Plaintiff Who Allegedly Fell 50 Feet From Marine Parkway Bridge Through an Opening in Containment Tarp Was Denied Summary Judgment on Labor Law §§240(1) and 241(6) Claims

In a decision dated August 3, 2021, the Honorable Timothy J. Dufficy of Queens County Supreme Court held that plaintiff Artur Cesar was not entitled to summary judgment pursuant to Labor Law §§240(1) and 241(6) despite having fallen 50 feet from a bridge into the water below. In his complaint, plaintiff alleged that on August 3, 2017, he was lawfully working for Kiska Construction, Inc. on the Marine Parkway Bridge in Rockaway performing various painting duties when he fell through an opening in the tarp and into the water below, a height of approximately 50 feet. Following the close of discovery, plaintiff moved for summary judgment pursuant to CPLR 3212 on his Labor Law §§240(1) and 241(6) claims against our client, the Triborough Bridge and Tunnel Authority (“TBTA”). Judge Dufficy initially found that plaintiff had established a prima facie case in support of his Labor Law §240(1) claim. As per the plaintiff’s deposition testimony, he demonstrated that the defendant failed to provide him with an adequate safety device while he was working at an elevation and that this failure was a proximate cause of his injuries. Specifically, plaintiff established that, while he was performing various bridge painting duties, he lost his balance and fell through an opening in the tarp and into the water below, causing him to become injured. Plaintiff further established that he was not provided with proper protection because there was no safety cable for him to tie off to in the area where he was working at the time of the accident.

Ultimately, Judge Dufficy held that in opposition to the plaintiff’s motion on his Labor Law §240(1) claim, the defendant raised a triable issue of fact “whether it provided the plaintiff with proper protection.” Specifically, the defendant obtained an affidavit from Safety Director Brian Van Westervelt who averred that the tarp in the area was completely closed and there were no openings through which the plaintiff could have fallen. He further stated there was a safety cable spanning the area that was in easy reach of the plaintiff and onto which he could have easily clipped his lanyard. The Court also found credible and persuasive the affidavit of site safety expert, Martin Bruno, who responded to the accident site and conducted an inspection mere days after the accident occurred. Mr. Bruno was able to state from personal knowledge and clear photographs that there was indeed a proper safety cable in the area where plaintiff was working at the time of his accident. Thus, the Court denied plaintiff’s motion for summary judgment on his Labor Law §240(1) cause of action.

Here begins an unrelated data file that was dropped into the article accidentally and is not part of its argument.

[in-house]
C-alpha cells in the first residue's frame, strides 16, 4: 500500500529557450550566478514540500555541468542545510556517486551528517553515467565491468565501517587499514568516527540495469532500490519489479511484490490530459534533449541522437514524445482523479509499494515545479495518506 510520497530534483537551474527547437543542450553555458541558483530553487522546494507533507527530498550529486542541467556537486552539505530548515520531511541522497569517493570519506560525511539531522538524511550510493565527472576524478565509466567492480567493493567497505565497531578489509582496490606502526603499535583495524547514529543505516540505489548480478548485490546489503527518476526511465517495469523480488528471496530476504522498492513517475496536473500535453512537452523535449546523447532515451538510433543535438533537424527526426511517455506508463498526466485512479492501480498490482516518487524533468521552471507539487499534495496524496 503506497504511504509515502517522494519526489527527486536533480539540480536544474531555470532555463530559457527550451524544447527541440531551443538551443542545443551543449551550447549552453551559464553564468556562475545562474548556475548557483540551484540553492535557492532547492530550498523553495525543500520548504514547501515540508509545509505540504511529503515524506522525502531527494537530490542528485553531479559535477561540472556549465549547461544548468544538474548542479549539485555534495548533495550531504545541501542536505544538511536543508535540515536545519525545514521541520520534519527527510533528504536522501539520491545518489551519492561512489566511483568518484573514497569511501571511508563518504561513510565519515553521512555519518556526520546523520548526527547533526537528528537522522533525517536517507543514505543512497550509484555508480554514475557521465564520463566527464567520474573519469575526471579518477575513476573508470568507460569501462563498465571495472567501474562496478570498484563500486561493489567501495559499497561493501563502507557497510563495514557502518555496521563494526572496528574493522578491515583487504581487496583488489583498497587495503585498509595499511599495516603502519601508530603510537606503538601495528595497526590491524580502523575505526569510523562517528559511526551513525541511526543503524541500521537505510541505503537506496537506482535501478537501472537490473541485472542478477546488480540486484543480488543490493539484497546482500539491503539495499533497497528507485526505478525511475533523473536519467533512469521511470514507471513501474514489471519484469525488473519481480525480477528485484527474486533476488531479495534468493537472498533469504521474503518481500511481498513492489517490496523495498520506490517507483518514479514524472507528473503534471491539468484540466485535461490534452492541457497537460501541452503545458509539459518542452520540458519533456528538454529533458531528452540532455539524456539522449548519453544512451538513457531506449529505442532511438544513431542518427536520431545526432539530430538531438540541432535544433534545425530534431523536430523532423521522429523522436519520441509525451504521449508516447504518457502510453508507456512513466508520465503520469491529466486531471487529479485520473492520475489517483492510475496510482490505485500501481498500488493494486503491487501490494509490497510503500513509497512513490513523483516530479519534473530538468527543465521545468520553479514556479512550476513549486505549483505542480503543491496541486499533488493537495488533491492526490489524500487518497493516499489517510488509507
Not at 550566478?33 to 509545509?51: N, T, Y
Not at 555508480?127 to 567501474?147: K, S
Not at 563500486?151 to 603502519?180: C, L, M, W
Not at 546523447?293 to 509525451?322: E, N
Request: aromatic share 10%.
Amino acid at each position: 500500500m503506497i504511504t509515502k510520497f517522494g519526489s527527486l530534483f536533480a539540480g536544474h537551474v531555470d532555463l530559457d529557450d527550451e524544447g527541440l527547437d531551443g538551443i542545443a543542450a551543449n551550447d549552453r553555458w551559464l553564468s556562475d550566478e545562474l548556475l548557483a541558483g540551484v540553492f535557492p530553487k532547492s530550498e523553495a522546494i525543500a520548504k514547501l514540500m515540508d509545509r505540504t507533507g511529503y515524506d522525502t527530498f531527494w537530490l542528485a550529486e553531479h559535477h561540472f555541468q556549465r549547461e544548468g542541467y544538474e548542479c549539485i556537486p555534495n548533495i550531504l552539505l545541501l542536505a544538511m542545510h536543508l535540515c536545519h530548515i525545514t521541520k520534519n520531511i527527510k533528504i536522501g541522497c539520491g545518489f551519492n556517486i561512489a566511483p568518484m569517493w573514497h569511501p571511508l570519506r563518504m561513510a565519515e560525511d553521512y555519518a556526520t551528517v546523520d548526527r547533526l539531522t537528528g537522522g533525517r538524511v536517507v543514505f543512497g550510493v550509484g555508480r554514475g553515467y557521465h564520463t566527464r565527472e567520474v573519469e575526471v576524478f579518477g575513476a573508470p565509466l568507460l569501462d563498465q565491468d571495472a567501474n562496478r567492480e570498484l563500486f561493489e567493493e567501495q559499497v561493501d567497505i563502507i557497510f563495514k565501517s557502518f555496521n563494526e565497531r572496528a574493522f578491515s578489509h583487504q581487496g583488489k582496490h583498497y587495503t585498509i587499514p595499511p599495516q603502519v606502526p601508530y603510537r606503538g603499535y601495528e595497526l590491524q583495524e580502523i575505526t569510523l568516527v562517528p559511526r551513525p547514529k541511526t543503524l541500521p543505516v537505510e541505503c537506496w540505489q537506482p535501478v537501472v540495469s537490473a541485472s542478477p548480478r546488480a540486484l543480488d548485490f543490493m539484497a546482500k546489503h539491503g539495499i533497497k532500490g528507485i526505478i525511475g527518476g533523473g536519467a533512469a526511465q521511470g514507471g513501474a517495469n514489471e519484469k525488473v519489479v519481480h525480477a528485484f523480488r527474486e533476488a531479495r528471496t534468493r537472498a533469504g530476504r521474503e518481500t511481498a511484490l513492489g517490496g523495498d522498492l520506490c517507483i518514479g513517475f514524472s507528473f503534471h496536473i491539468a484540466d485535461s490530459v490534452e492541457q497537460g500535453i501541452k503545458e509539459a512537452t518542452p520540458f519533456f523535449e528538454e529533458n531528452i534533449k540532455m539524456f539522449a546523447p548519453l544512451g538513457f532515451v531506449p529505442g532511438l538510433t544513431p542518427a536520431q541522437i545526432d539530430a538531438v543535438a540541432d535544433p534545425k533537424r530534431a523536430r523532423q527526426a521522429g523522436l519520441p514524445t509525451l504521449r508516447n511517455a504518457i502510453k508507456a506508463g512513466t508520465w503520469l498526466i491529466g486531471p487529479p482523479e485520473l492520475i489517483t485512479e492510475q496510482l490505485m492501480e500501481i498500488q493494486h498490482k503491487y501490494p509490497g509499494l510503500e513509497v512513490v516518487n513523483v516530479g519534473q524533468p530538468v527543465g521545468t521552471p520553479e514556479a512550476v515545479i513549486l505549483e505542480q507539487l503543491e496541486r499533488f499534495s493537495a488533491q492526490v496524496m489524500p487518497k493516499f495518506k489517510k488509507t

Turning to plaintiff’s claim pursuant to Labor law §241(6), summary judgment was also denied. In support of his §241(6) claim, plaintiff alleged a violation of Industrial Code Rule 12 NYCRR 23-1.7(b)(1) which provides: “Every hazardous opening into which a person may step or fall shall be guarded by a substantial cover fastened in place by a safety railing constructed and installed in compliance with this Part (rule).” Although the Courts have held this provision to be specific enough to support liability and plaintiff established a prima facie case that it was violated, we again raised an issue fact. In support of the defendant’s opposition papers, Mr. Westervelt averred in a sworn affidavit that the tarp in the area where plaintiff was working at the time of his accident was completely closed and there were no openings through which he could have fallen. In sum, as there were issues of fact on both Labor Law §§240(1) and 241(6) claims, summary judgment in plaintiff’s favor was not warranted and his motion was denied.

Artur Cesar v. Triborough Bridge and Tunnel Authority, Index No. 700217/18 (Sup. Ct. Queens Co., Aug. 3, 2021)

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This post was written by Sander Rothchild